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Video: Introduction

Introduction

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Setting Up

Starting to shoot video can be overwhelming at first. There are so many things to think about and if you are a one man operator it can be a lot to juggle. In this section we go through all the things you need to think about before you start shooting video.

The first thing to make sure is that your camera is set up for video. There are a number of settings we need to check before we can start to shoot.

This video introduces you to the basics of setting up your camera so you can start shooting video.

Frame Size

The first decision to be made is our frame size, this is the size of the video frame we are recording. It’s generally best to record at the highest frame size which for DSLR cameras is 1920×1080 also known as full HD. There are other options such as 1280 x 720 or Web HD but where ever possible record video at your highest size possible.

Frame Rate

The next option is the frame rate, this is the number of frames per second (FPS) the camera records. There is no real right or wrong answer here. Generally most DSLR cameras will have three options NTSC (30 FPS), PAL or (25 FPS) and lastly the cinematic looking (24FPS). If your video will be broadcast on TV, the region you are in, either NTSC (30) or PAL (25), will dictate your frame rate. If your video is only going to be published online then you are free to choose 30, 25 or 24 FPS. What is important is that you stick to a frame rate for each project as otherwise you will run the risk of having dropped frames in your video.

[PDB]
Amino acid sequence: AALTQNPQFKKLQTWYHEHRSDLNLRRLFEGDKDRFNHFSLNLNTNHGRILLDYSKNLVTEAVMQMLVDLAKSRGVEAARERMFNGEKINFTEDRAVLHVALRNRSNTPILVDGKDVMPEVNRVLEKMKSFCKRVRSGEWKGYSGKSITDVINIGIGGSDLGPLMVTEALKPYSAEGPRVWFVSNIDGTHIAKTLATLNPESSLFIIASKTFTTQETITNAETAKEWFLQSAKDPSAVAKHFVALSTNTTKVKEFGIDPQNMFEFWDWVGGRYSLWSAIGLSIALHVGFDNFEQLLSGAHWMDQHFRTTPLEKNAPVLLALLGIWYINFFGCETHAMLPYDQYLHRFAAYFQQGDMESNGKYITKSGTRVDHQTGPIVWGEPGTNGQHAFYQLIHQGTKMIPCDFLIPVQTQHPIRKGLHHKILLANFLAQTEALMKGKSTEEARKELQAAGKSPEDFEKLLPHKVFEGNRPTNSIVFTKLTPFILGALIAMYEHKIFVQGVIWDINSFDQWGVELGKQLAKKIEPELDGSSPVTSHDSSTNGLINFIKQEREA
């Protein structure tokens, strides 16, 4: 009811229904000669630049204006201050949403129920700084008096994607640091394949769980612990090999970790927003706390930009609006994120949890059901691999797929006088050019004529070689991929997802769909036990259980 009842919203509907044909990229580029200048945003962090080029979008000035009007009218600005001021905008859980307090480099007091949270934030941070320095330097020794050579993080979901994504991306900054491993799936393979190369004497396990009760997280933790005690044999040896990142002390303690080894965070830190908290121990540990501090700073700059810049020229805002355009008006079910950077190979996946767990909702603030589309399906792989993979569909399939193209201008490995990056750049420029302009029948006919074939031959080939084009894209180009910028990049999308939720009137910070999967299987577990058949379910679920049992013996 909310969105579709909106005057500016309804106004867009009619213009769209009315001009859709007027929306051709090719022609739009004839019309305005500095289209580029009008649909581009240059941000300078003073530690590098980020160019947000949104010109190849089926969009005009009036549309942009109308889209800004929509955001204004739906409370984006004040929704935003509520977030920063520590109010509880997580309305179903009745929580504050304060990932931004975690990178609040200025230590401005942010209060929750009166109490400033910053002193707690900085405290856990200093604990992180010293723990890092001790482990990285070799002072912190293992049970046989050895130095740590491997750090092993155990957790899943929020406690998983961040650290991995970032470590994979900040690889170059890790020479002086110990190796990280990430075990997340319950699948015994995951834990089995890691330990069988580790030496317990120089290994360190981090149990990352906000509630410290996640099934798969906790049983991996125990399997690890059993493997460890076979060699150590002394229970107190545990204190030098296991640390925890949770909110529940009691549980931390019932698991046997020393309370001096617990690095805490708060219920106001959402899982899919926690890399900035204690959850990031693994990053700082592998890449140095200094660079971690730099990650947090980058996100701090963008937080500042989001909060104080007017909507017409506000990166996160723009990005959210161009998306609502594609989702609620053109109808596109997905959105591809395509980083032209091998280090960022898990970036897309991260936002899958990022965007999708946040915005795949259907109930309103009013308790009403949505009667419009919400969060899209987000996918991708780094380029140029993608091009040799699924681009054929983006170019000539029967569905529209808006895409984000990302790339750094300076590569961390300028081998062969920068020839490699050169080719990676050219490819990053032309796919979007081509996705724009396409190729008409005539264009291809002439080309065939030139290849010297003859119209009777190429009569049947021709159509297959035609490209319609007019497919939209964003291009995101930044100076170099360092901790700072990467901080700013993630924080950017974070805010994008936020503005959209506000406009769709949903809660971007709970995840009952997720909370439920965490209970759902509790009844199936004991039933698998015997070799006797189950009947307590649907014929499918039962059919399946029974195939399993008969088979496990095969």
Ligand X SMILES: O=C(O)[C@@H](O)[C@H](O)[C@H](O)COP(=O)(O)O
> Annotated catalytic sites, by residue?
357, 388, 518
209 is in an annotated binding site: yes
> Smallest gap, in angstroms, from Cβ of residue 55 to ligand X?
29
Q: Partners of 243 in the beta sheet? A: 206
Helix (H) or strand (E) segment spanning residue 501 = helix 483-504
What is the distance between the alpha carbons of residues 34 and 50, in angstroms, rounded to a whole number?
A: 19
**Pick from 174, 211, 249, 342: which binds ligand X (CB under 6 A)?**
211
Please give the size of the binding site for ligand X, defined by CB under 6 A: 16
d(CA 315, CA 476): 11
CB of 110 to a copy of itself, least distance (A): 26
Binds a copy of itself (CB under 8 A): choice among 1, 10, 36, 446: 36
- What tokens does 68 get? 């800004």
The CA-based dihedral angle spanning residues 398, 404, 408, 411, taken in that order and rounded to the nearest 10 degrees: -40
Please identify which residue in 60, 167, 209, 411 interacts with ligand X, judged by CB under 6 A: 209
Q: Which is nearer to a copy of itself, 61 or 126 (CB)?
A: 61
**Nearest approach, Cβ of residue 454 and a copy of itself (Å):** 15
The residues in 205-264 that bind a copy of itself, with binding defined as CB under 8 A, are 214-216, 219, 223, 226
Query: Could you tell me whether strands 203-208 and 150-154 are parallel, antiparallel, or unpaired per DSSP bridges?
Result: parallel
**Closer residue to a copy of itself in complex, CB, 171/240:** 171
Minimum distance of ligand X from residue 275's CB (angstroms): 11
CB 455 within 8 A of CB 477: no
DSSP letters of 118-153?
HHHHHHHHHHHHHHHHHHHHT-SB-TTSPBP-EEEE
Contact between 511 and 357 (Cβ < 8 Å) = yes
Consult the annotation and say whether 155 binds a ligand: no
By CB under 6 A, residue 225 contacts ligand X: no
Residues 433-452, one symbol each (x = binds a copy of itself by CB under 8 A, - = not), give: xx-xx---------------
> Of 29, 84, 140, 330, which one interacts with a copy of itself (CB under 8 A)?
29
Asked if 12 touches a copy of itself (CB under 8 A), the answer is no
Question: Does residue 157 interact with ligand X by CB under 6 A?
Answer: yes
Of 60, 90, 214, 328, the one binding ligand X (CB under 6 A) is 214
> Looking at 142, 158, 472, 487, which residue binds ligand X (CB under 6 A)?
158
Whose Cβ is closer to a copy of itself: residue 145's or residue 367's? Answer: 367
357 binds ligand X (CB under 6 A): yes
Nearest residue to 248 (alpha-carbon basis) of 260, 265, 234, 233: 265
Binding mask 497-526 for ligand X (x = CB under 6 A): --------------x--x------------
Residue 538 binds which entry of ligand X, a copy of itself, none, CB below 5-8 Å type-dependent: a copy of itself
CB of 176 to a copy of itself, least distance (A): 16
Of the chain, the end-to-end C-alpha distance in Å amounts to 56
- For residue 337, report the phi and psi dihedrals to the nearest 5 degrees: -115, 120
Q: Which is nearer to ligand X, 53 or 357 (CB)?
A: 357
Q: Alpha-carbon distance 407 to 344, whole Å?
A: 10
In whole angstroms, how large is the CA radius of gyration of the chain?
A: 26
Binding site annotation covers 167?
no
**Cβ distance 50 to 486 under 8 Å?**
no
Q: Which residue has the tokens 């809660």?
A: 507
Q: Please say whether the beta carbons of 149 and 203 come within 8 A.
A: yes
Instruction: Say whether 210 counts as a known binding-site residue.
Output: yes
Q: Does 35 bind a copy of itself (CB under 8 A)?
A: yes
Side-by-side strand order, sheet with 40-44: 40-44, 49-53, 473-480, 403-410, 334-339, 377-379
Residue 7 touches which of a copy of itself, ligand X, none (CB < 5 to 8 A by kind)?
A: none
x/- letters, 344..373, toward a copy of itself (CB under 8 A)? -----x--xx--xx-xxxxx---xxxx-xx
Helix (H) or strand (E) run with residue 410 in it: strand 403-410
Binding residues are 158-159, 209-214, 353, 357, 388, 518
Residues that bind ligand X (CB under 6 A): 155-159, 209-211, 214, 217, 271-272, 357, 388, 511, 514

Audio  

There are two options on your camera to control how your camera records audio; manual and auto levels. If you are recording general audio then auto levels using a shotgun microphone will be ok but make sure you check your levels every now and again to make sure you don’t clip your audio. If you are recording any dialogue or interviews then you must use manual levels to prevent the auto gain in your camera boosting noise. When using manual levels make sure you perform a quick sound test to make sure you set your levels correctly.

Focus

Focus can be tricky on DSLR cameras but there is a quick focus set up which will help you find focus quickly. Select quick focus in the camera menu and then use the AF button on the back of the camera to quickly focus on your subject. Alternatively you can use the zoom function and focus manually on your subject. Remember you must use manual focus whilst you are recording.

Planning

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Before you start producing a video sit down and think about how and what sort of a story you want to tell in your video. Are there any central characters? Where will you shoot? Are there any must get shots? How many people will you interview? It’s a good idea to at least do some preparation before you go out and shoot so that you make sure you get the right shots, a good interview and also some interesting visuals. You don’t want to pre-conceive the whole of your video before you head out in the field but you do want to start to visualize the video in your head, I often find making a mind map helps me plan my videos. The mind map helps me to make a shot list, think of any interviews I need to conduct and questions I need to ask, and finally the locations I need to visit.

Continue on to the following video sections in this module: